Three 1,500-year-old “magic” incantation bowls and hundreds of other rare artifacts — some dating to the biblical period — were seized from an apartment in an ultra-Orthodox Jerusalem neighborhood under suspicion of illegal antiquities trade, according to an Israel Antiquities Authority press release Monday.
Trading in stolen artifacts is a criminal offense, for which the statutory penalty is up to three years in prison.
During a joint search of a Ramat Shlomo home, the IAA’s theft prevention unit in cooperation with Jerusalem district police recovered hundreds of antique coins, glassware and weaponry, said the IAA. Documents found at the Jerusalem home brought the investigators to a central Israel auction house where further suspected illegal antiquities were seized.
Additional rare finds discovered in the Jerusalem home include rare and valuable ivory furniture inlays that were common in the 9th and 8th centuries BCE and have been uncovered at sites including Tel Megiddo and in Samaria. According to the press release, the IAA believes the artifacts were illegally excavated in Samaria or northern Israel.
The three “magic” bowls were created in the 5th-7th centuries in present-day Iraq. They are among some 3,000 that have been discovered to date, which were used by Jews and non-Jews alike during this era.
Tel Aviv University Prof. Matthew Morgenstern, an expert in Jewish Babylonian Aramaic and Classical Mandaic who has photographed hundreds of incantation bowls and has published academic articles on them extensively, told The Times of Israel that such bowls were written in several Babylonian Aramaic dialects and placed protectively around the house for its protection, upside down to trap the demons or evil entities. Some even have “addresses” on the back telling the owner where to put them, he said.
“The Jewish bowls draw heavily on Jewish tradition, cite verses, and even contain the earliest written attestations we have for Jewish texts like the Mishnah or benedictions,” said Morgenstern.
Dr. Ohad Abudraham, a Tel Aviv University postdoctoral researcher in Mandaic (a dialect of Aramaic), looked at the images of the three seized bowls and offered some preliminary impressions to The Times of Israel. The bowls were all written in Aramaic, but used quotes from the Hebrew Bible in Hebrew.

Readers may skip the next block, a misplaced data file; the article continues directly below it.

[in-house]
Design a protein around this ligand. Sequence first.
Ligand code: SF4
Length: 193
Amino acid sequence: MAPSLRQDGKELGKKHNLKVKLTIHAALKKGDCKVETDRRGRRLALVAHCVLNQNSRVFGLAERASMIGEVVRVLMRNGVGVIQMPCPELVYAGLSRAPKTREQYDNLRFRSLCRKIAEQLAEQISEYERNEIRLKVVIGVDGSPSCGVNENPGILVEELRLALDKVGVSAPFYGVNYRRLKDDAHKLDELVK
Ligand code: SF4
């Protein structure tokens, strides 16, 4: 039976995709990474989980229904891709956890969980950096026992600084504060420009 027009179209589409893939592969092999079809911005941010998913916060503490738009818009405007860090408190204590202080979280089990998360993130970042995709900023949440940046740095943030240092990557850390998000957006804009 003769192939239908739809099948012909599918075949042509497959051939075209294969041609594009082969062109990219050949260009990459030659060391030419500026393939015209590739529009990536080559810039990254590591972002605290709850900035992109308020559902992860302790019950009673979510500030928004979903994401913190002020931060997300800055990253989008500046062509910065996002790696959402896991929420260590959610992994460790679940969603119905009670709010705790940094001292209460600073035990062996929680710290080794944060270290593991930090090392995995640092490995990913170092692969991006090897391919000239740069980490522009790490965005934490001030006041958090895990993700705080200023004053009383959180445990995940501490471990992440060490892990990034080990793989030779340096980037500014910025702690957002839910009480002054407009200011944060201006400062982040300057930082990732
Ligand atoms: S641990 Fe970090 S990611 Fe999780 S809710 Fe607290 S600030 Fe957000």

Abudraham explained that the bowls were written by a professional “magician” who likely sat in the local marketplace. The magicians used formulaic texts that were then adapted to the needs of the individual client. While clients were named on the bowls, the magicians were not, but it is now clear, said Abudraham, that the majority were likely Jewish. Some two-thirds of all recovered bowls were written by Jews, but Christians and pagans also inscribed spells on bowls in their own Aramaic dialects.
One of the bowls seized in the Jerusalem raid is written in the name of Joshua ben (son of) Perachiah, who appears in the Mishna, in Avot. The incantation follows the language of a get, or writ of divorce. However, instead of a man divorcing his wife, the client is divorcing and exorcizing his home of several named groups of destructive demons.
According to Abudraham, the bowl’s exorcism text is written in a parallel to the common formula used on a marriage-ending get. It instructs demons of all sorts — including “those who appear in the day and in nightmares” — to leave the premises. The bowl also includes names of well-known angels Gabriel and Michael, leading Abudraham to conclude that it was written for Jewish clients.
A second bowl also mentions the names of angels, including Michael, Raphael, and a large additional group of named angels, all ending with the divine moniker “el.” It also includes a Hebrew quote from Psalms 121:7, “The Lord will guard you from all evil” (Adonai yishmorcha mikol ra).
The third bowl depicts a female demon with long, wild hair and tied hands at the center, surrounded by a circle. It is a very common motif, said Abudraham, who added that usually the demon’s feet are also tied. He identified the name of the client on the bowl, Achai Bar Marganita (literally “My brother, the son of Pearl”), which were common names for both Jews and non-Jews of the era.
Interestingly, said Abudraham, clients’ names were written referencing their mothers in order for the spirit realm to be 100% sure for whom their protection was ordered.
According to Amir Ganor, head of the Antiquities Authority’s Robbery Prevention Unit, “In 2003, following the war in Iraq, thousands of stolen ‘incantation bowls’ began to enter international trade markets.”
According to the IAA press release, the investigators discovered pottery restoration chemicals on the premises and the suspect likely repaired the bowls and restored them ahead of a potential sale at auction.
“Antiquities belong to all of us. They are our heritage. Unauthorized antiquities dealers encourage looters to go out and destroy ancient sites in search of finds for sale on the antiquities market. In the name of greed, they plunder antiquity sites, removing the finds from their historical context, thus obscuring parts of human history,” says Eli Eskosido, director of the Israel Antiquities Authority.
“Every find can add a little bit to our knowledge about Jewish life in Babylonia in the 5th-7th centuries, for which firsthand evidence is scant,” said Morgenstern.